It’s just the next stage in the mainstreaming of geoengineering: Now the House Committee on Science, chaired by Bart Gordon, has released a report supporting further research on the topic–not to the detriment of capping emissions, but because capping emissions might not be enough. Here’s the punchline:
Climate engineering, also known as geoengineering, can be described as the deliberate large scale modification of the earth’s climate systems for the purposes of counteracting and mitigating climate change. As this subject becomes the focus of more serious consideration and scrutiny within the scientific and policy communities, it is important to acknowledge that climate engineering carries with it not only possible benefits, but also an enormous range of uncertainties, ethical and political concerns, and the potential for harmful environmental and economic side effects. I believe that reducing greenhouse gas emissions should be the first priority of any domestic or international climate initiative. Nothing should distract us from this priority, and climate engineering must not divert any of the resources dedicated to greenhouse gas reductions and clean energy development. However, we are facing an unfortunate reality. The global climate is already changing and the onset of climate change impacts may outpace the world’s political, technical, and economic capacities to prevent and adapt to them. Therefore, policymakers should begin consideration of climate engineering research now to better understand which technologies or methods, if any, represent viable stopgap strategies for managing our changing climate and which pose unacceptable risks.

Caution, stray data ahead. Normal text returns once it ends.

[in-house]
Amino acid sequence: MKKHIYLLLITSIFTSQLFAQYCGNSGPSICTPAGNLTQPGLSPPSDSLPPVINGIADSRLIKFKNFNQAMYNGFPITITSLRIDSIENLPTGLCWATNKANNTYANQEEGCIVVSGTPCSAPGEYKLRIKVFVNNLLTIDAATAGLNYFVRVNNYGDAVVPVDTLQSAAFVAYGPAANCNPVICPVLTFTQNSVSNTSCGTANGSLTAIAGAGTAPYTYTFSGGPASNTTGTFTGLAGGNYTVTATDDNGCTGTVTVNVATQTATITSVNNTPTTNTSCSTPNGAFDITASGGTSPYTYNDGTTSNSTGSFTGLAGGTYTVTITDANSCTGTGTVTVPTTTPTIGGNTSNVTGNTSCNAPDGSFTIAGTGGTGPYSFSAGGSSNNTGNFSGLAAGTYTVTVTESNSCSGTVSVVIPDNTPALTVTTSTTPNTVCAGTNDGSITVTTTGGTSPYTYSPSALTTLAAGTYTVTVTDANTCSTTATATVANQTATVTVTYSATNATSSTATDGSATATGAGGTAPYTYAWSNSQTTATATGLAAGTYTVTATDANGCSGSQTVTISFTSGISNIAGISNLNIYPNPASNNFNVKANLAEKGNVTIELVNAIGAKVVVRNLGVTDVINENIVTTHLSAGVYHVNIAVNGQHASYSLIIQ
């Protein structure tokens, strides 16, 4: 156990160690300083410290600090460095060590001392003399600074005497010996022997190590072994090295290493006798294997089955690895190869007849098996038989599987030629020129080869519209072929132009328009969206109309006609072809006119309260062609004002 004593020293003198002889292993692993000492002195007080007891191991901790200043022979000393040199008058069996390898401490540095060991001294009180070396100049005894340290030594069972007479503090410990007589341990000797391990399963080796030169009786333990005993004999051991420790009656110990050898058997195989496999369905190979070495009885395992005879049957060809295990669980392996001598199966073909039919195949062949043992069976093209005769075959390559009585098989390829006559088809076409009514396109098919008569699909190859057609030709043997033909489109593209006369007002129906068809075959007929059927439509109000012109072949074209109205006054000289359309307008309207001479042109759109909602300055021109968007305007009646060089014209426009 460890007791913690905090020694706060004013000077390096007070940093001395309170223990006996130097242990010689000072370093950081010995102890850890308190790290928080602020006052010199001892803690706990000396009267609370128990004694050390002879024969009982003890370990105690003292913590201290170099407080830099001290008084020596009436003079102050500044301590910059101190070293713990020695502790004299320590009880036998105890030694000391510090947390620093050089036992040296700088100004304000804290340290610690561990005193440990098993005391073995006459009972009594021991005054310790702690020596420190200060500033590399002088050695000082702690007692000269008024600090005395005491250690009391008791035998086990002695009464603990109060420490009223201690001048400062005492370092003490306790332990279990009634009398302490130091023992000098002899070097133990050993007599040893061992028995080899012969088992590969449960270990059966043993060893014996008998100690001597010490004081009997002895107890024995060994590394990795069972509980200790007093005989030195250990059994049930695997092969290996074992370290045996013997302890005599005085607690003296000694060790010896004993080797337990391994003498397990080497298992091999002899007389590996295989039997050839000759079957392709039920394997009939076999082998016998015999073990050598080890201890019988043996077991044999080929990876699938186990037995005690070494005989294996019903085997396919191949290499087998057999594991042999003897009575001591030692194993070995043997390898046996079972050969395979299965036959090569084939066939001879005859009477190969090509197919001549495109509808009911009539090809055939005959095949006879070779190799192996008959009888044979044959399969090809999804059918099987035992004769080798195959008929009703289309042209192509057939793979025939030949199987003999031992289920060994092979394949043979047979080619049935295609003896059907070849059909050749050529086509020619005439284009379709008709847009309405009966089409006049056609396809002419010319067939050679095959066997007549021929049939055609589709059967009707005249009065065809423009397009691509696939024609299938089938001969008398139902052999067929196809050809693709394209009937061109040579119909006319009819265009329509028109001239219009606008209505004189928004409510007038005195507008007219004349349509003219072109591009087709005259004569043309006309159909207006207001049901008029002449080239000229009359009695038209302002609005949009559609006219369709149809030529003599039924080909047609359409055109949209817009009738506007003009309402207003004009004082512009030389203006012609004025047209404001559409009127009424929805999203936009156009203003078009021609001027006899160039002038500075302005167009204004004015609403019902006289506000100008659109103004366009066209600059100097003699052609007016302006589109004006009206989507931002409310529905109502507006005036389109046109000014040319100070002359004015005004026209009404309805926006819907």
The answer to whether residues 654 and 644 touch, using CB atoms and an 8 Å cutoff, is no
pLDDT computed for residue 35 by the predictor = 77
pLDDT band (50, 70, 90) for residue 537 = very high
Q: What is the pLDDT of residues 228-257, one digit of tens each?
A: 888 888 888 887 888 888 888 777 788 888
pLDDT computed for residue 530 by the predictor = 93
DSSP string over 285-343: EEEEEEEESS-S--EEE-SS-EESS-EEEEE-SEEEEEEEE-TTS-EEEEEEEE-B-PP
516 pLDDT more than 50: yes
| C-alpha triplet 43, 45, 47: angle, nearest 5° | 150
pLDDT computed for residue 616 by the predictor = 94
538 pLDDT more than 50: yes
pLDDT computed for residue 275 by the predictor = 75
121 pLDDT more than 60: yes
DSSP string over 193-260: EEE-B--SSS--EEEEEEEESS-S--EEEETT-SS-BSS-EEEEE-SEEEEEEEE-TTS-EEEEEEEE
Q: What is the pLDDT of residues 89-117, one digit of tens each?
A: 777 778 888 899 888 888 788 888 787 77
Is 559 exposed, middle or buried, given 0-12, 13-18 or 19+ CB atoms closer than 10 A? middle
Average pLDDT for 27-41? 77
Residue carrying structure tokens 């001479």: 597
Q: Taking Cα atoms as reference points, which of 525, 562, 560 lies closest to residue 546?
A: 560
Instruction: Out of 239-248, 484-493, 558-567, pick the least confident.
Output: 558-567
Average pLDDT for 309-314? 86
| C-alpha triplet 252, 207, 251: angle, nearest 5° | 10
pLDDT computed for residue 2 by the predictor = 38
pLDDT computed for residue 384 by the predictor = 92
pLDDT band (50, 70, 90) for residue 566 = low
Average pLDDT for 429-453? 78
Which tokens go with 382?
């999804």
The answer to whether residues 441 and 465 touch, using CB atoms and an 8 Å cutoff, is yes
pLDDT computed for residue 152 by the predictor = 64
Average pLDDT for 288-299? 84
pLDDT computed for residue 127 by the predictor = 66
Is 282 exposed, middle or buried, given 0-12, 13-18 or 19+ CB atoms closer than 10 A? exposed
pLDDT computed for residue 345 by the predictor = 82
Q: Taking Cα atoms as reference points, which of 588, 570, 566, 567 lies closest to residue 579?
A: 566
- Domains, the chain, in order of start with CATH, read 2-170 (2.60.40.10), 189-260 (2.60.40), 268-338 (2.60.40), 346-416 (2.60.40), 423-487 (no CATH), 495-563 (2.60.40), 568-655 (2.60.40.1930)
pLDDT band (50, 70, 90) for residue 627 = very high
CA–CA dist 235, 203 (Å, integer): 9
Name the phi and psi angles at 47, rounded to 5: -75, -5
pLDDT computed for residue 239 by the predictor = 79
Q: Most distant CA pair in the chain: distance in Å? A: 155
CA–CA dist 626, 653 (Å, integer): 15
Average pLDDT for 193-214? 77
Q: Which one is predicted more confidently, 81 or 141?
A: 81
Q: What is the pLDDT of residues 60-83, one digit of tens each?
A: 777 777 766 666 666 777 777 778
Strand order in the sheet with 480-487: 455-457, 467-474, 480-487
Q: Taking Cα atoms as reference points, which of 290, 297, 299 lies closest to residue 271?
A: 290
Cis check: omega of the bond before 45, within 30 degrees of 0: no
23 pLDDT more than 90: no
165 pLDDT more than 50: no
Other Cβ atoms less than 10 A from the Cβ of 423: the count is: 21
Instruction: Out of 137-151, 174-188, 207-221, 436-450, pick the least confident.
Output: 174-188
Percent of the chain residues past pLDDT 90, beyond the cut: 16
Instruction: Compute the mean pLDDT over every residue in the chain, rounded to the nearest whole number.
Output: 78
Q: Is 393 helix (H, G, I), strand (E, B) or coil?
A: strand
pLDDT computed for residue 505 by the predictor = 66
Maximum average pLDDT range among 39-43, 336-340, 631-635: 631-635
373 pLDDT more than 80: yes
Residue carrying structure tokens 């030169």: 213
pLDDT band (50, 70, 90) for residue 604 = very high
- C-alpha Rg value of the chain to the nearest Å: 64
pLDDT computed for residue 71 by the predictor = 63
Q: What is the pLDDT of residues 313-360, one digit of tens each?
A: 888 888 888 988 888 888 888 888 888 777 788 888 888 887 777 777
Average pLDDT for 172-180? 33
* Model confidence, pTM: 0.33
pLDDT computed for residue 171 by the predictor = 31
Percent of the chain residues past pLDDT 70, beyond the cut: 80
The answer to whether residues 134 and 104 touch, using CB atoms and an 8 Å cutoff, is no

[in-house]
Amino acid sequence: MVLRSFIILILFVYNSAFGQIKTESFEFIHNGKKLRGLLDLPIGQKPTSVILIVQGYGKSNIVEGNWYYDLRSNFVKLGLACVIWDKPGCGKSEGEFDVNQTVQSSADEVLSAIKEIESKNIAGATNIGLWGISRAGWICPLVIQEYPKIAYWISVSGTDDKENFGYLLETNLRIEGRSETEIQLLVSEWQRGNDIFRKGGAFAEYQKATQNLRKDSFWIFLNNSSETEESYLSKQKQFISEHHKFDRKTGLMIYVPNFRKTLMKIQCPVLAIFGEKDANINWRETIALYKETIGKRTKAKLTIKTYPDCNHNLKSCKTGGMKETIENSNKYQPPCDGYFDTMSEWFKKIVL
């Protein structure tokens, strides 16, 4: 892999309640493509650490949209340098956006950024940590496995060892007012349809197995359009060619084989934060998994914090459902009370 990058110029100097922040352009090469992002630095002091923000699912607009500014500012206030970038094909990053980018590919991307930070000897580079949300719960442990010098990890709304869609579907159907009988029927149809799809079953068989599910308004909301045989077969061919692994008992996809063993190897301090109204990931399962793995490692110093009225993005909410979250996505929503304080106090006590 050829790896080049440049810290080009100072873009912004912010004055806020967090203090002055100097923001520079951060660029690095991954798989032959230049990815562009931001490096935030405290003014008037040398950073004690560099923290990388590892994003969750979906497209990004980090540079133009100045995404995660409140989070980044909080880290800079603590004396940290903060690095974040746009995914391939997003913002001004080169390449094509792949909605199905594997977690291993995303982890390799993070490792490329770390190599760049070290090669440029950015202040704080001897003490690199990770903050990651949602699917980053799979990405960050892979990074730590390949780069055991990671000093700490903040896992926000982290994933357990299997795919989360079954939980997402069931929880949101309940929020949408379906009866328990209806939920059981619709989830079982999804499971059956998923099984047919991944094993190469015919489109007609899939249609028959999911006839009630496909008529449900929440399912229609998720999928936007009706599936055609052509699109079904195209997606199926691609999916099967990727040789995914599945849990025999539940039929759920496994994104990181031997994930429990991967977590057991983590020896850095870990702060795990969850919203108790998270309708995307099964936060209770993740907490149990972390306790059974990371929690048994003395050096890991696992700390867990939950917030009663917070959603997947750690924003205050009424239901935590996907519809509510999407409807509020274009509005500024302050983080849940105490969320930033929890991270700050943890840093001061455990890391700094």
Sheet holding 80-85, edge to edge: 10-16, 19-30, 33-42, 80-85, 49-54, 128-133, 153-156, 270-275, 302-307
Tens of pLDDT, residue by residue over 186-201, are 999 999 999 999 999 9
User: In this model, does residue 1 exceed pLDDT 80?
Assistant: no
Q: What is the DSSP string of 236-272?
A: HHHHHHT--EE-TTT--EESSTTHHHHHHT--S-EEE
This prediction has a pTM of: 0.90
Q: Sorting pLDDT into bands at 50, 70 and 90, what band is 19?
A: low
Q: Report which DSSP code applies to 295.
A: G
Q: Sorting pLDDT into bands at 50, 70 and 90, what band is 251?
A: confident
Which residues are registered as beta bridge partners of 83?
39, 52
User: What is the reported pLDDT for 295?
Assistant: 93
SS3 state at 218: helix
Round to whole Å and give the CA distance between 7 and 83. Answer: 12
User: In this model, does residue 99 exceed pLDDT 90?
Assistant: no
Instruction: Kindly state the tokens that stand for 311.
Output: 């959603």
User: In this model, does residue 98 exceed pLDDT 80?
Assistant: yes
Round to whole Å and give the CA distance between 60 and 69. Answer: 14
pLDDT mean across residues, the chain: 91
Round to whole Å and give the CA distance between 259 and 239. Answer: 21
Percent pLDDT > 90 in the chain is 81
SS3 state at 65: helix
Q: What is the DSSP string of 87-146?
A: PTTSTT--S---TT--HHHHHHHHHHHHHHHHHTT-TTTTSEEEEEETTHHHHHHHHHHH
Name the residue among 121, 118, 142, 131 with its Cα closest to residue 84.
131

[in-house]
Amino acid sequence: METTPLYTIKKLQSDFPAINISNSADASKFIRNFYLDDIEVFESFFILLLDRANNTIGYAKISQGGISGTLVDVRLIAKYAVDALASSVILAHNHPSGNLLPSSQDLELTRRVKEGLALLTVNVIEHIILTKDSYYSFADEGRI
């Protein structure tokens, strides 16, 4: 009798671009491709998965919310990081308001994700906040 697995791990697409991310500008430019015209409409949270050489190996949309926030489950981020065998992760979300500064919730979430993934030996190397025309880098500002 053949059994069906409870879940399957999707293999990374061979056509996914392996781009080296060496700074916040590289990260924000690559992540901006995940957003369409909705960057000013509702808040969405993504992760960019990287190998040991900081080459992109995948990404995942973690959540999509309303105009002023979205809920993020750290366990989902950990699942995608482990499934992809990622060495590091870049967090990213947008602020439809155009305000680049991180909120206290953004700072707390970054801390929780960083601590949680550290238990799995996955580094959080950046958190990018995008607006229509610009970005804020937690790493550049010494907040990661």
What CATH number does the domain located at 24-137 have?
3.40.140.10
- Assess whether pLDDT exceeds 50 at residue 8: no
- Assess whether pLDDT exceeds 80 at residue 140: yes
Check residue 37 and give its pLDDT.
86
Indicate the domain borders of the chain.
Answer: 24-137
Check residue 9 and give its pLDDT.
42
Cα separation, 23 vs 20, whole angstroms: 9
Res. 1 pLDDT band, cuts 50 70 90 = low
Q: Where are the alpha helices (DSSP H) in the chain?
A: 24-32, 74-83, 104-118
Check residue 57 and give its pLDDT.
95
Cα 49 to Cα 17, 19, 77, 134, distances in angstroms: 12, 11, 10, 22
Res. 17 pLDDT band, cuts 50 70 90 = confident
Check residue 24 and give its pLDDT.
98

You can access the full report here.
Honestly, one shouldn’t find the conclusion surprising. Anyone who really understands the scope of the climate problem, and the cost considerations that go along with mitigation, ends up being forced toward a view like this one. That’s just how reality works these days.